poem of two autumns

we got (un)lost
somewhere between a september gone
and now.
i went to the silk road
the tien shan
the himalaya.

tea on kaohsiung sand
with the sun setting auburn
over ships in the taiwan strait.
doors frozen over on the
train to lhasa
like us trying to silence
hearts hell-bent
on happy.

like winter rivers in russia
where my marrow refused to ice
last christmas;
a moscow december couldn’t darken
such starlight love

– we’ll walk these pathways
ticking off the map
while planets whirl past
a patient lesson
to be what we are,
and when it’s done
all that spirits will still
entangle us,

for these lifetimes
those universes
to come.

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paths i’ve walked before

walking along a portion of the north downs way, unexplainable experiences. i’ve never walked here before. otherwise known as the pilgrims way in reference to the fact that pilgrims have come here to walk along the route that st augustine (of canterbury) trod from lyons and rome to canterbury in the late 500s.

the sun is bright and high and a light breeze notes it’s now the first of september and i can feel the beginnings of the end of the year on the air. sunflowers point their faces southward toward the star, now starting to make its own pilgrimage south from this high latitude for the winter. a magpie hops in his tuxedo colours along the path ahead. everything is still in late summer heat, then leaves rustle. the dry chalk path is lined with a gentle layer of dust and small white stones not unlike many trails i’ve walked in the desert.

when did i start believing in signs? maybe i always did. doesn’t the modern world we’ve made teach us to put aside the things we feel but cannot see?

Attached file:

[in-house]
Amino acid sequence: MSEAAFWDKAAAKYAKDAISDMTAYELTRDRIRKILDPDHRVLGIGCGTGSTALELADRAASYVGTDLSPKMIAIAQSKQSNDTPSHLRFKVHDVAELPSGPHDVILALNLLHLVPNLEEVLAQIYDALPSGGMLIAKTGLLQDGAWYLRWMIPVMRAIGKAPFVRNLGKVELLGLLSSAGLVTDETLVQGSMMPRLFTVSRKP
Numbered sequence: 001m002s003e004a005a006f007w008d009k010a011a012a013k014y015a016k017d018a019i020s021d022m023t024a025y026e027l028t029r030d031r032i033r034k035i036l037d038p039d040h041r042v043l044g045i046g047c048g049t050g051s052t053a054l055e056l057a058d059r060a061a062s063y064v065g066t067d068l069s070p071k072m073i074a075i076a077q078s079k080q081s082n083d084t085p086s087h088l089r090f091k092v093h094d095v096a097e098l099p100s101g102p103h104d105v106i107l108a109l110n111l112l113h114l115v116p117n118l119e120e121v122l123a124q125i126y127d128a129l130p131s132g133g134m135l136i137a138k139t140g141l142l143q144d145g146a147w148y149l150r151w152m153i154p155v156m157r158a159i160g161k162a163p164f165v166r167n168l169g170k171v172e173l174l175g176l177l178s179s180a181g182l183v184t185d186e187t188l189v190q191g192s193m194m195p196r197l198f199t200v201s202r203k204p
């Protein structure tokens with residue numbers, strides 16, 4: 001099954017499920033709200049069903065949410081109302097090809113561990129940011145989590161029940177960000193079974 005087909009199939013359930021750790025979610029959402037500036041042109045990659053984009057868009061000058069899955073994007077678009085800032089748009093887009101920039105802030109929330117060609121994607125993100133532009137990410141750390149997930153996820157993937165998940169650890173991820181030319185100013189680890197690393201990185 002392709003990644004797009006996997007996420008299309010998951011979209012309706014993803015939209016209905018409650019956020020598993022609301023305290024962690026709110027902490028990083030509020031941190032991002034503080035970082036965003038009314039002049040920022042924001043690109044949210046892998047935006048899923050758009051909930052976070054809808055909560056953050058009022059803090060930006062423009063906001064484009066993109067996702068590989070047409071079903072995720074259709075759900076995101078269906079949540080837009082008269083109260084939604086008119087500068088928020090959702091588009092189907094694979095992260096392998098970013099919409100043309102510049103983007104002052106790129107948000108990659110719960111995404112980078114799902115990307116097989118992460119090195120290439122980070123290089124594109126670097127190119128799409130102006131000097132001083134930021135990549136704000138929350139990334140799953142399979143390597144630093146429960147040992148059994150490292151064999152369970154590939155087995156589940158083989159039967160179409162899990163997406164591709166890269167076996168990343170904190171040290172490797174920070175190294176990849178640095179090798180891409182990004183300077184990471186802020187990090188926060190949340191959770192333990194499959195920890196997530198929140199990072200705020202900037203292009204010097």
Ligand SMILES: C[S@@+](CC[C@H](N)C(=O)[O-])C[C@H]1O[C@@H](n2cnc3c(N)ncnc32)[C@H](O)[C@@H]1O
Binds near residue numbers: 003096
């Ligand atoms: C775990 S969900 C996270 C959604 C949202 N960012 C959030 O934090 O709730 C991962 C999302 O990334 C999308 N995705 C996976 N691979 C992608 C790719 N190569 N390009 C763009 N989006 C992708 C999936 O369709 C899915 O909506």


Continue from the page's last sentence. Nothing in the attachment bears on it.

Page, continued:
augustine was not the first person to walk here – trading trackways from folkestone to stonehenge followed these chalk hills as early as 1800 bce. after augustine died, canterbury became a pilgrimage site and several centuries later, this formed part of the epic road, the via francingena, along which christians travelled to and from the holy see.  later still, thomas becket became a figure of great veneration after he was slain in 1170 by four of henry II’s knights on the stairs to the crypt inside canterbury cathedral. canterbury’s status as a destination of pilgrimage was solidified, though the modern-day trackway that one walks through southeast england now was lost for at least two centuries and rediscovered in the 1970s.

the day wears on, the trail winds between the tunnelling green of holloways and out on chalk downs with views to yellowed hayfields already harvested and gone stalky for the autumn. i take my lunch on a bench at the lenham war memorial below a giant white cross carved into the hill.